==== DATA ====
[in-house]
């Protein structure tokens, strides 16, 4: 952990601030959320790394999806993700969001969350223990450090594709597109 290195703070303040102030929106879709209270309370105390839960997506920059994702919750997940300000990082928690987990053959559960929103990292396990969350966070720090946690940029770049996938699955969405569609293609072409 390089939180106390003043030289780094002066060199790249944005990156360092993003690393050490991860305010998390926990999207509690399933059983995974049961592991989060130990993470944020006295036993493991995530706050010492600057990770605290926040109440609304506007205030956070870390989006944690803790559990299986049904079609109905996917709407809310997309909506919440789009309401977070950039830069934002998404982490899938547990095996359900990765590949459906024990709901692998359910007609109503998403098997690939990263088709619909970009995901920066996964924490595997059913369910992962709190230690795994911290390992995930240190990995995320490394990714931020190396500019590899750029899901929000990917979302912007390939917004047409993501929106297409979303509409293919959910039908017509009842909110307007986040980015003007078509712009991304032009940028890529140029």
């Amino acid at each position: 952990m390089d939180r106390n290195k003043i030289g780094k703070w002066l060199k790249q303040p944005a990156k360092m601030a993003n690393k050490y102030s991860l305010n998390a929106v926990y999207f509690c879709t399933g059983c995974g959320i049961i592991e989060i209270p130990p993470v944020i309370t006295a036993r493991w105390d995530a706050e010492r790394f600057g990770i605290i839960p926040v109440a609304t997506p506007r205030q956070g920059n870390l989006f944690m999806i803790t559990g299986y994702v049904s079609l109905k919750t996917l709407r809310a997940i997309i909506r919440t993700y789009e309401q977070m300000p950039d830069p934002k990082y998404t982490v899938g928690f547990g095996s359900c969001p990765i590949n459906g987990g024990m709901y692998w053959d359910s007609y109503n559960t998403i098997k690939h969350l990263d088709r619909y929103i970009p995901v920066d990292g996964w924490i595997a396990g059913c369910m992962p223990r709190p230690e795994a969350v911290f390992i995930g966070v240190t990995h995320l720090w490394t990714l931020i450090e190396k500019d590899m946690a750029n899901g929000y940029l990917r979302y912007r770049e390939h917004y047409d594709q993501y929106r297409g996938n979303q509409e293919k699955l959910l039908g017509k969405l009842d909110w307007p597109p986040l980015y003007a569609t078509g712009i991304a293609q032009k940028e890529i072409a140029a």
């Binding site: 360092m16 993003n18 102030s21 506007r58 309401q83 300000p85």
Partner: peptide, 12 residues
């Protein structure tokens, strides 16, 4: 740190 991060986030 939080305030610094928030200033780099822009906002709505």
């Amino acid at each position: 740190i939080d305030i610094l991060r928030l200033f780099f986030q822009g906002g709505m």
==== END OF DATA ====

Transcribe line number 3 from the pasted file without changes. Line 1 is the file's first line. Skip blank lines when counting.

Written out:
């Amino acid at each position: 952990m390089d939180r106390n290195k003043i030289g780094k703070w002066l060199k790249q303040p944005a990156k360092m601030a993003n690393k050490y102030s991860l305010n998390a929106v926990y999207f509690c879709t399933g059983c995974g959320i049961i592991e989060i209270p130990p993470v944020i309370t006295a036993r493991w105390d995530a706050e010492r790394f600057g990770i605290i839960p926040v109440a609304t997506p506007r205030q956070g920059n870390l989006f944690m999806i803790t559990g299986y994702v049904s079609l109905k919750t996917l709407r809310a997940i997309i909506r919440t993700y789009e309401q977070m300000p950039d830069p934002k990082y998404t982490v899938g928690f547990g095996s359900c969001p990765i590949n459906g987990g024990m709901y692998w053959d359910s007609y109503n559960t998403i098997k690939h969350l990263d088709r619909y929103i970009p995901v920066d990292g996964w924490i595997a396990g059913c369910m992962p223990r709190p230690e795994a969350v911290f390992i995930g966070v240190t990995h995320l720090w490394t990714l931020i450090e190396k500019d590899m946690a750029n899901g929000y940029l990917r979302y912007r770049e390939h917004y047409d594709q993501y929106r297409g996938n979303q509409e293919k699955l959910l039908g017509k969405l009842d909110w307007p597109p986040l980015y003007a569609t078509g712009i991304a293609q032009k940028e890529i072409a140029a």